By setting basic ground rules, parents can help children develop a balanced relationship with electronics and the internet.
Though parents today do know technology—whether you cut your teeth on Oregon Trail or came of age as the first smartphones were launched—we are venturing into the unknown in setting rules for children and their gadgets.
What is the ideal age at which to give a child a smartphone? When should he or she be allowed to dip a toe into social media? Should I creep on her Instagram to make sure she isn’t getting into trouble?
Take heart: Even Bill Gates had to figure this stuff out. The founder of Microsoft told The Mirror newspaper in 2017 that his three children weren’t allowed to have cellphones until they turned 14. And those phones were forbidden at the dinner table. Predictably, “They complained other kids got [phones] earlier,” Gates said at the time.
Clinical psychologist Kelly Wesolowski began practicing at Nationwide Children’s Hospital in 2007, right before the first iPhone went on the market. She has seen attitudes shift as phones and tablets proliferated. “Back then, a lot of parents said, ‘I would never get my kid a cellphone,’ ” Wesolowski says. “Or they would get a flip phone. That isn’t always an option anymore.”Get top reads, event recommendations, guides, parenting trends and more ideas for family fun. Subscribe to Columbus Parent’s weekly e-newsletter, The Bulletin.
A 2010 Pew Research Center survey found that 12 and 13 were common ages for the first phone. In 2016, a survey of mothers by marketing firm Influence Central pointed to an average age of 10.3 years old.
“I think most kids end up with a phone in the middle school years,” Wesolowski says. “And that sort of makes sense.” After-school care is rarely offered by that age, and extracurricular activities and sports practices require planning and communication. “Many families don’t have home phones anymore,” she says.
A 2018 Pew study found that 95 percent of teenagers have access to a smartphone, even if it’s not theirs. Forty-five percent of teens say they use the internet “almost constantly,” with the most popular sites being YouTube, Instagram and Snapchat.
Obviously, some guidance is advisable. Kids are still kids. But what those rules look like will vary. “I don’t know that there is a right or wrong,” Wesolowski says. “It’s up to each family and what works best for each child.”
Wesolowski recommends stashing kids’ devices somewhere other than their bedrooms at night, ideally a parent’s room. She also urges parents to follow their children on social media and have access to passwords, with the understanding that occasionally Mom or Dad will be checking those accounts. If all is well, trust will build over time.
She has worked with families to craft media-use contracts setting basic ground rules for technology use. The American Academy of Pediatrics offers an online tool with which to build a media plan. Understood.org also provides a downloadable contract with some questions that are great conversation starters.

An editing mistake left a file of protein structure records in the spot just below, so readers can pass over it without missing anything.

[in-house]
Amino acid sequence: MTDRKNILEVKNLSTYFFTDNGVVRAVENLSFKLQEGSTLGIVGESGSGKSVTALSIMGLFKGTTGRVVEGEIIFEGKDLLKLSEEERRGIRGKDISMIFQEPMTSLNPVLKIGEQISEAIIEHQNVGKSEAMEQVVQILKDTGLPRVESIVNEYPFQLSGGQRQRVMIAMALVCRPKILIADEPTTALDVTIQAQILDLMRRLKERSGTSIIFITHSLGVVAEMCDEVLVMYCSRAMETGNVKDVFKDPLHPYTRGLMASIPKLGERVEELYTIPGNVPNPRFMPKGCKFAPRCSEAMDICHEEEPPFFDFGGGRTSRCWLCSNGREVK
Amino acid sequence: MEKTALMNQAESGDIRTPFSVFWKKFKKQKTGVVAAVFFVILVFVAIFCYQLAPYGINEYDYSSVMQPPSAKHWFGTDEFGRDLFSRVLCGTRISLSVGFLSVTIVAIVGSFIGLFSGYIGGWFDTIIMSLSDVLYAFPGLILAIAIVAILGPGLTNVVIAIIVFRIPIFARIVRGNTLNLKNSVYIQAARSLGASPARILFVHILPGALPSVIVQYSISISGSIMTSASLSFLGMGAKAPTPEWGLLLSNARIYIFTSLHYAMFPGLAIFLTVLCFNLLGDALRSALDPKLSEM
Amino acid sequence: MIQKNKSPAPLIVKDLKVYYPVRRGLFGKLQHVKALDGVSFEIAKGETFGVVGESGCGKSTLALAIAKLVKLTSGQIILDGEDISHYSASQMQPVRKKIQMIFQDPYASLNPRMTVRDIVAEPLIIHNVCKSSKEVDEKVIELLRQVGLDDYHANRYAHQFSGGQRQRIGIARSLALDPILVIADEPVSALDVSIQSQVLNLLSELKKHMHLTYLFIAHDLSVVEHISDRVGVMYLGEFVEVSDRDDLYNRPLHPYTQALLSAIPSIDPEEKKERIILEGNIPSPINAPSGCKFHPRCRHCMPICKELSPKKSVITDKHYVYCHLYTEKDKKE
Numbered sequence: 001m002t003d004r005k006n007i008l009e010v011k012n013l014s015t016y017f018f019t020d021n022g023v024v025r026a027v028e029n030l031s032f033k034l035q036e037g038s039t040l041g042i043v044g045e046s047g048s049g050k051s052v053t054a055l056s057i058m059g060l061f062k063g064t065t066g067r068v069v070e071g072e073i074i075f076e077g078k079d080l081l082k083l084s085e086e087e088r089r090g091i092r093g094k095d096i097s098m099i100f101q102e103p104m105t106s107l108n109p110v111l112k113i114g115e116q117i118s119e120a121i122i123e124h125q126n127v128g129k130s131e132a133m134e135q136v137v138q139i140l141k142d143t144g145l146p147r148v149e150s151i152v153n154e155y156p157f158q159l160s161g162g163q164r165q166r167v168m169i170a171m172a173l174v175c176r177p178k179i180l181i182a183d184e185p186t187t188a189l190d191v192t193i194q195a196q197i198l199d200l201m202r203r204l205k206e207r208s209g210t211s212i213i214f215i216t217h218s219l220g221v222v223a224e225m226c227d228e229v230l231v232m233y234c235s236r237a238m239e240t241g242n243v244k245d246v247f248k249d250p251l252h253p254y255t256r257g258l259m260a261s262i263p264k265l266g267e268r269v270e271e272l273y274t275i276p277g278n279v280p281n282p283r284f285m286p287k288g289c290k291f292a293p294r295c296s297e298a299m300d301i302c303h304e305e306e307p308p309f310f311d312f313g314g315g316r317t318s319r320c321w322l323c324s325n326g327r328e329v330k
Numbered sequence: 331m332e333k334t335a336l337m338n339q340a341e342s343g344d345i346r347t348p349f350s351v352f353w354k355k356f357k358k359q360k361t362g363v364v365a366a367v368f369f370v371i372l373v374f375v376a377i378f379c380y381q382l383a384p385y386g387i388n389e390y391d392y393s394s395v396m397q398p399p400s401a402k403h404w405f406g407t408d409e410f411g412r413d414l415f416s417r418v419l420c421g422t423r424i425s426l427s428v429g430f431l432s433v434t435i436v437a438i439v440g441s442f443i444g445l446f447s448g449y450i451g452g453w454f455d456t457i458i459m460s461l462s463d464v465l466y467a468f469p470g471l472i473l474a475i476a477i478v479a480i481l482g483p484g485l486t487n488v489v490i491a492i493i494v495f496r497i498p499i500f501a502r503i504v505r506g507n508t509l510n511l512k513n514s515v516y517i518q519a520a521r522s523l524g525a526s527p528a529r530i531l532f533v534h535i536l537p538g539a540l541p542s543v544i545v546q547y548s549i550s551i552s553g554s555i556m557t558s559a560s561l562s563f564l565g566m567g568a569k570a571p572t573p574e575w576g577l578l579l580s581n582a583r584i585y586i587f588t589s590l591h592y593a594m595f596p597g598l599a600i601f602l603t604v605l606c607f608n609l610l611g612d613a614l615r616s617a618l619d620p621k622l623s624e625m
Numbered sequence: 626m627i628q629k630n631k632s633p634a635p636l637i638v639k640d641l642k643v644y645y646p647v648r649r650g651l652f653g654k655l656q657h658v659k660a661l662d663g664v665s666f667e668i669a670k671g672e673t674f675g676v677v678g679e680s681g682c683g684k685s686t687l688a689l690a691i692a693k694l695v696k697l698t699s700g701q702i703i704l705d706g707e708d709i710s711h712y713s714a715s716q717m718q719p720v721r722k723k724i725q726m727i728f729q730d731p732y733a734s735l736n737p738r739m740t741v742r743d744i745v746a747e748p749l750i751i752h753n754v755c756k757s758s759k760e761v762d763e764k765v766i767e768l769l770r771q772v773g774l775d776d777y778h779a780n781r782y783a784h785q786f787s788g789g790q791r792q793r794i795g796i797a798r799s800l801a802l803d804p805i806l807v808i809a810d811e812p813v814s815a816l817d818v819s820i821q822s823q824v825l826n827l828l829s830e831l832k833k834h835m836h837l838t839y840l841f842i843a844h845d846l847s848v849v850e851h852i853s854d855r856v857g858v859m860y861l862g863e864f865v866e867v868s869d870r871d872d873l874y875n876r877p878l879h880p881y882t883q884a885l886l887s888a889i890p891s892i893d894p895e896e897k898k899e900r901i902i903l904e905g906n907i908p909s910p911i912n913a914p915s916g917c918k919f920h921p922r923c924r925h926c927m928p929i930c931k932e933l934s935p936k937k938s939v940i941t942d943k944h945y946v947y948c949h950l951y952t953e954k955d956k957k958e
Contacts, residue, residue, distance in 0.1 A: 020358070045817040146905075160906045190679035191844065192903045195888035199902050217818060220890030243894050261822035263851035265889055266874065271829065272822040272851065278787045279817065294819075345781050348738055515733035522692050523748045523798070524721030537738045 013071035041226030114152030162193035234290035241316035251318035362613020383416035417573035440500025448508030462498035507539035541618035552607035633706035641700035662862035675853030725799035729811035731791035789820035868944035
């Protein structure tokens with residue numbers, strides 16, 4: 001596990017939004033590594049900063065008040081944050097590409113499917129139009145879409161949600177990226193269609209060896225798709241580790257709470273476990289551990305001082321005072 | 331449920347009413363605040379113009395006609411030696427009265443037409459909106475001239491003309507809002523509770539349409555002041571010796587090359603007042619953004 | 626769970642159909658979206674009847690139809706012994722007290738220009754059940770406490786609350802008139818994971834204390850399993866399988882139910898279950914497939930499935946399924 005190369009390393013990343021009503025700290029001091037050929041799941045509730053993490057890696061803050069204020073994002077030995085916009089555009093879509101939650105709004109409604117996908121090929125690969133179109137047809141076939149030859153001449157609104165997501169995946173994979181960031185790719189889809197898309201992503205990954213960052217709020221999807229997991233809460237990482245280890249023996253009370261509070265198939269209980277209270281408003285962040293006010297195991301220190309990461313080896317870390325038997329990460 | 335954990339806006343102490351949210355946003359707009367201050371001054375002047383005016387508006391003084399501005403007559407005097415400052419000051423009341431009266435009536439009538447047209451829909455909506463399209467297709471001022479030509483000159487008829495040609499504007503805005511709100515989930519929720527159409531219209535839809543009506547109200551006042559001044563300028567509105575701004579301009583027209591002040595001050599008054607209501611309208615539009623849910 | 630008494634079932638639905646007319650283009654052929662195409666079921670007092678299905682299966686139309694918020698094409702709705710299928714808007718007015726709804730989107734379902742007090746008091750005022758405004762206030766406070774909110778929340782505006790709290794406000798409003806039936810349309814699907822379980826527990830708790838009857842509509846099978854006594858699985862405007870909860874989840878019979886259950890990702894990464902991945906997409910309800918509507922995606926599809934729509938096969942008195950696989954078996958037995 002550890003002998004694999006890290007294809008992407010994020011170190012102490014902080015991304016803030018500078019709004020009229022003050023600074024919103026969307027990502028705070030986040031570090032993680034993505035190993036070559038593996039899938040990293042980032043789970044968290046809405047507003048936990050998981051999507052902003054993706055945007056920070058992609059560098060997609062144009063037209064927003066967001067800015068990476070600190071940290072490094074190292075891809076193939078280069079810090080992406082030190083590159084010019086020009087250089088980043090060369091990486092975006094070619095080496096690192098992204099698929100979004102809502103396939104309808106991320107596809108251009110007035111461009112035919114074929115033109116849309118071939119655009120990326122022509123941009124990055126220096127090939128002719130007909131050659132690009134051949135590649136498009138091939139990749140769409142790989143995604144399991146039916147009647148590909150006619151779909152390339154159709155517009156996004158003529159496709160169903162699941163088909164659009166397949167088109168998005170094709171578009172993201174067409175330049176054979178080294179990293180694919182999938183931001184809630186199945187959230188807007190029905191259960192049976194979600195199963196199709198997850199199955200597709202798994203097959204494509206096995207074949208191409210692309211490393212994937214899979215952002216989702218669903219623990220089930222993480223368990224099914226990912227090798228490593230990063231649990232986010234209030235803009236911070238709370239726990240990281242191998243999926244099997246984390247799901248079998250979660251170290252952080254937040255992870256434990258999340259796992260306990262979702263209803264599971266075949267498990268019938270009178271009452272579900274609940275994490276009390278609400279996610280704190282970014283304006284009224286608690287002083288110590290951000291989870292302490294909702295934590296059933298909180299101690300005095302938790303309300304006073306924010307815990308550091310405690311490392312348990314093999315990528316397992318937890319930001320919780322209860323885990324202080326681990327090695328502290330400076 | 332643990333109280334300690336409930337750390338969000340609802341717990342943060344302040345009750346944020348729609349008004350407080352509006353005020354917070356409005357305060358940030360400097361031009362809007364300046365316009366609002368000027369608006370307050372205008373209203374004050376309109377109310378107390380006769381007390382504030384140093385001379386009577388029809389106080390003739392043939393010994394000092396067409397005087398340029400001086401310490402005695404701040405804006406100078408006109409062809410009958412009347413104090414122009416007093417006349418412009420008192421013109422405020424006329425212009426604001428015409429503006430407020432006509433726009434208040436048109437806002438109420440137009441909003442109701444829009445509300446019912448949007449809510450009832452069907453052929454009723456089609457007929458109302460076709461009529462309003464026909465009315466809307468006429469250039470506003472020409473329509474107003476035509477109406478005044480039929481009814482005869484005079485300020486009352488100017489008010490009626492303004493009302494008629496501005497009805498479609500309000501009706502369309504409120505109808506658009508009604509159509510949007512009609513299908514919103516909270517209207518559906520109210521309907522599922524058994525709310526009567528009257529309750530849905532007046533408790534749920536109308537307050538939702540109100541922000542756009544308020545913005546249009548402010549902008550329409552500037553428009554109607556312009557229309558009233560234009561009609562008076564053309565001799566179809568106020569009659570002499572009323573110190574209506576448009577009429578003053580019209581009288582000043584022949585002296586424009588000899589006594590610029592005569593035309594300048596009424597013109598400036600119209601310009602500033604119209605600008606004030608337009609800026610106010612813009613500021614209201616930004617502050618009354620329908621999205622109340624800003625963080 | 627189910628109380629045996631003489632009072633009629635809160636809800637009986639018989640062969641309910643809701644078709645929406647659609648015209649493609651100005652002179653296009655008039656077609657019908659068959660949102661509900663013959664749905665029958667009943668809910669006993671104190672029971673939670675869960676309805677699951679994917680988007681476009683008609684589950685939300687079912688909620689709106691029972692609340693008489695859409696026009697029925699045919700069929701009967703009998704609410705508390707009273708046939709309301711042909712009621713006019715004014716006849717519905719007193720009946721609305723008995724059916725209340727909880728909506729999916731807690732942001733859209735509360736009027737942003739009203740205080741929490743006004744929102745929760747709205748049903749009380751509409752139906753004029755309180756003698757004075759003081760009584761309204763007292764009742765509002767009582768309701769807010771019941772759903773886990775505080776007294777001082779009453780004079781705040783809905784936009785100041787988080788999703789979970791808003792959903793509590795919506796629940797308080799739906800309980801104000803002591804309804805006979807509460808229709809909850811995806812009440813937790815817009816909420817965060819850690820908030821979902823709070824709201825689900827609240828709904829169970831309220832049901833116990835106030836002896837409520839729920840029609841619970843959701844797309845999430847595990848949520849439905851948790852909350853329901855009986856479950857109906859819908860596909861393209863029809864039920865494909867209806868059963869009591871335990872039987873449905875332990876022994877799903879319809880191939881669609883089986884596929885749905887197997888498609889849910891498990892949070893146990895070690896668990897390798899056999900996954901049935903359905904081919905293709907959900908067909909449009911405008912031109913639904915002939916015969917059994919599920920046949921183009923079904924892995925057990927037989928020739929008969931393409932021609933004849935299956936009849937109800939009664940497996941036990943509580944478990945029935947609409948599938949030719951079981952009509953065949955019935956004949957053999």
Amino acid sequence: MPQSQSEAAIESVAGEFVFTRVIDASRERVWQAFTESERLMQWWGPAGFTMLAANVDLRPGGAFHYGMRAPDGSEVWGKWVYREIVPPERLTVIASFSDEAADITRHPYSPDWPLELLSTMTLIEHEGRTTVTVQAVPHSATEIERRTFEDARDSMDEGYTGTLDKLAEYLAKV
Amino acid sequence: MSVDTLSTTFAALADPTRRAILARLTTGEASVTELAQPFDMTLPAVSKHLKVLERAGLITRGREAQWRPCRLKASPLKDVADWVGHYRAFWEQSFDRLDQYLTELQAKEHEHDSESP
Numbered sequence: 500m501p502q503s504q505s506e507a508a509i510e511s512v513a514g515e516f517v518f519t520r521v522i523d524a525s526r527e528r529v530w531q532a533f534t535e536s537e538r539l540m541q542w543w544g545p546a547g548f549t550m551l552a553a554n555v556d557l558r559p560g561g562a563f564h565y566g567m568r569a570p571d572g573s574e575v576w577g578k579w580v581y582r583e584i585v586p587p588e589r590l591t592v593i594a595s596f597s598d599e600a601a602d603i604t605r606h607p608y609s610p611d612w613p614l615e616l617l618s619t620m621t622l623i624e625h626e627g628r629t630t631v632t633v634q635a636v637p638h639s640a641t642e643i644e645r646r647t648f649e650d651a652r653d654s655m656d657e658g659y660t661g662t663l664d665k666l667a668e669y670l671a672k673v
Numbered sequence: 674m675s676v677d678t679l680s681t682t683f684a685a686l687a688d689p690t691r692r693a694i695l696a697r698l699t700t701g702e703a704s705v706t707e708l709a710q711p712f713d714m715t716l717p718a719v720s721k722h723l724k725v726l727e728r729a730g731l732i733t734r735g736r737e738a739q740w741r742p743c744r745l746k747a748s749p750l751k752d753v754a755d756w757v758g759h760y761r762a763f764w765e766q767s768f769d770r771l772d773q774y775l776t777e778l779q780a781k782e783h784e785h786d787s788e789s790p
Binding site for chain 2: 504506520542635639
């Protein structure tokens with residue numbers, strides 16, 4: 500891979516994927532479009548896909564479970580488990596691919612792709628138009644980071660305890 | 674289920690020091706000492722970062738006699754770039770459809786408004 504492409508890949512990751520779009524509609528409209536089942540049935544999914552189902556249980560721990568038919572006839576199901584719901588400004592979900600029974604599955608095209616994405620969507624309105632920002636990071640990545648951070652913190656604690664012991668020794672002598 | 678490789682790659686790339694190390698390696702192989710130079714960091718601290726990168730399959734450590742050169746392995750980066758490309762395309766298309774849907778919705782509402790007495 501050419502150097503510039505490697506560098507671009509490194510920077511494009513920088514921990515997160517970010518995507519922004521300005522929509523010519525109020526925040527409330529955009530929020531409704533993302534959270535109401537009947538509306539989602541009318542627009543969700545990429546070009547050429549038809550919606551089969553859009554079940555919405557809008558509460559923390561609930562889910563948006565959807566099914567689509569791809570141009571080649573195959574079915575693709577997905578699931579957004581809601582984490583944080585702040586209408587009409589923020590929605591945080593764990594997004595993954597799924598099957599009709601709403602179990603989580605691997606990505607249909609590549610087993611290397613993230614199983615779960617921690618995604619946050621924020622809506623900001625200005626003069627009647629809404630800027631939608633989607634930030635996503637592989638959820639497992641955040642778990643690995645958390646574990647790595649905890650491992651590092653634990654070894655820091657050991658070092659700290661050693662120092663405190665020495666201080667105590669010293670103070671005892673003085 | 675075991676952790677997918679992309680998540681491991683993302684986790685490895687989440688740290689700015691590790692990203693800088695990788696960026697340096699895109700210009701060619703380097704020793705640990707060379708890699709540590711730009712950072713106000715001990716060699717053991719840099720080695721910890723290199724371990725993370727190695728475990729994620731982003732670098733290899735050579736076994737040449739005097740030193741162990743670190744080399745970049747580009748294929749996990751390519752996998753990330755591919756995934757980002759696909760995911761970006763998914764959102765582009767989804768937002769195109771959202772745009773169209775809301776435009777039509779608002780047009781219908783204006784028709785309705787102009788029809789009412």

A resource that Wesolowski recommends is Common Sense Media, which offers reviews of movies, apps and games, complete with age recommendations, and gives advice about all of these topics.
Clear expectations and open communication are the keys when establishing guidelines, Wesolowski says. “You want them to be able to come to you about what they see and what they learn out there, or if somebody talks to them that doesn’t seem quite right.”
After researching studies on technology’s effects on children, Martha and Jay Hawthorne of the Northeast Side decided that they would put off screens and social media as long as they could for their three kids. Their oldest son, 19 and a college freshman, was OK with the edict that if he wanted a phone, he needed to earn the money to buy it and pay for a monthly plan. What made the lack of a phone or social-media presence tricky, Martha Hawthorne says, was that teachers at his Westerville high school would assign homework over Twitter.
Their daughter, 16, has “been willing to hang with [the restrictions] so far,” Hawthorne says. But the youngest, 14, will play online games endlessly if you give him a chance, she says. Over the summer, she and her husband told him he had to spend his weekdays doing anything else, but he could have all of Saturday to be online if he chose. “He was kind of a monster on those days,” Hawthorne says. “He’d forget to eat. We’d cut him off by 8.”
This school year, they made a contract with him. He has 3½ hours to use his gadgets on Fridays, Saturdays and Sundays. (He argued for 4½.)
Denise and Jeff Barnes of Worthington and their three sons, ages 11, 13 and 14, have a schedule that’s booked solid with sporting events and practices, as well as school and church events. As busy as they are, though, Denise Barnes doesn’t believe that means her children need their own phones. “If the plans change and they need to reach us, everyone has a phone these days,” she says. “No, 99.9 percent of the time, these kids are using it for the data and not as a phone.”
The Barneses, like the Hawthornes, told their oldest son that if he wants more data on his prepaid Tracfone, he has to pay to refill it. “He doesn’t value putting money into it,” his mother says.
The Barneses use a Circle by Disney device to limit screen time and keep track of what websites the kids visit. Many similar devices and software packages are on the market.
Finally, while it’s not a formal rule, in their household it’s understood that family members won’t be glued to gadgets during events with extended family or at mealtimes. “I want them engaged with the other adults in their lives,” Barnes says.
This story is from the Spring 2020 issue of Columbus Parent.